The idea that the Gaza Strip will eventually erupt is entirely predictable.
It should be obvious to everyone that 2 million people living in such dire humanitarian circumstances and controlled by a terrorist organization is the kind of explosive material that will inevitably blow up sooner or later.
On the other hand, the explosion that is unpredictable is the one in the West Bank. There are two main reasons for the sense of relative stability that permeates that region. The first is the constant, stubborn effort by the Shin Bet, with military backing from the Israel Defense Forces (IDF), to thwart terrorism. The second is security cooperation with the Palestinian Authority (PA) and its security forces.
They are under orders from President Mahmoud Abbas, first and foremost, to prevent terrorist attacks, even though he is subjected to profound and widespread public criticism because of this. The contribution of the Palestinian security cooperation to preventing terrorism is enormous.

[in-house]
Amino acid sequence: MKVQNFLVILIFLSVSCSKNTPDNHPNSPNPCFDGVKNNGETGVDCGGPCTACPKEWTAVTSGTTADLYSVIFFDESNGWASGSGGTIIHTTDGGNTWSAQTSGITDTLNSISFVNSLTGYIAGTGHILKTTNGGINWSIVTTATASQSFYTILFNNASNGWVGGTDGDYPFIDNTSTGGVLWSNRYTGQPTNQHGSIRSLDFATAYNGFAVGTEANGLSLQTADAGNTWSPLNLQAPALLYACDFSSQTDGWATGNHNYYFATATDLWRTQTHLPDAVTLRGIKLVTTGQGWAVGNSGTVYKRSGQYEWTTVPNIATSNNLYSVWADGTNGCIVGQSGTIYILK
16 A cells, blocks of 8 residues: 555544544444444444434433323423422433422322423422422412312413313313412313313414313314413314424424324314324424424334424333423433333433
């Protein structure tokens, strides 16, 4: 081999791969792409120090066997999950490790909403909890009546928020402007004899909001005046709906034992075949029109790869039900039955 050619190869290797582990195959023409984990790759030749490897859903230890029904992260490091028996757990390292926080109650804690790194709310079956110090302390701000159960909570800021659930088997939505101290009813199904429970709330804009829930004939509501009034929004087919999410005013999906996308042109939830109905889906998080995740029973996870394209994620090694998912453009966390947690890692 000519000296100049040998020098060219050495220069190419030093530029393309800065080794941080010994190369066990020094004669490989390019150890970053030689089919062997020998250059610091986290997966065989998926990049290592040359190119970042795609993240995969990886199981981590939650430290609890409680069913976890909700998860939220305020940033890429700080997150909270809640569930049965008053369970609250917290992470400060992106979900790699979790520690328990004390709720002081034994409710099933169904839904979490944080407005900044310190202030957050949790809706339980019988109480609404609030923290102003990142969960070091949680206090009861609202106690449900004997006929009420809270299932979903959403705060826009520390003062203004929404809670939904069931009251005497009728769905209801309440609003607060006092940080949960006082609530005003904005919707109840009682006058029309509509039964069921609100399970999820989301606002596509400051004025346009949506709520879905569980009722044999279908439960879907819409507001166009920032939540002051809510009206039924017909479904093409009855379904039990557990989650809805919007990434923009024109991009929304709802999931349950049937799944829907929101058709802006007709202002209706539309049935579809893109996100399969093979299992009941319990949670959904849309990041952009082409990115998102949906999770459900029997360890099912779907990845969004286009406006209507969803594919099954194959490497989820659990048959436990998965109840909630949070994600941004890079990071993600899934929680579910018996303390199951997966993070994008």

But the current state of stability is threatened by a series of recent developments. Should these coincide, they could cause everything to blow up and result in a major conflagration. These developments are:
- Incessant efforts by Hamas to instigate terrorist attacks in the West Bank. In 2018 alone, the Shin Bet prevented 480 attempts to launch attacks in the West Bank, 219 Hamas terrorist cells were arrested and, most tellingly, 560 attempts by individual assailants were stopped.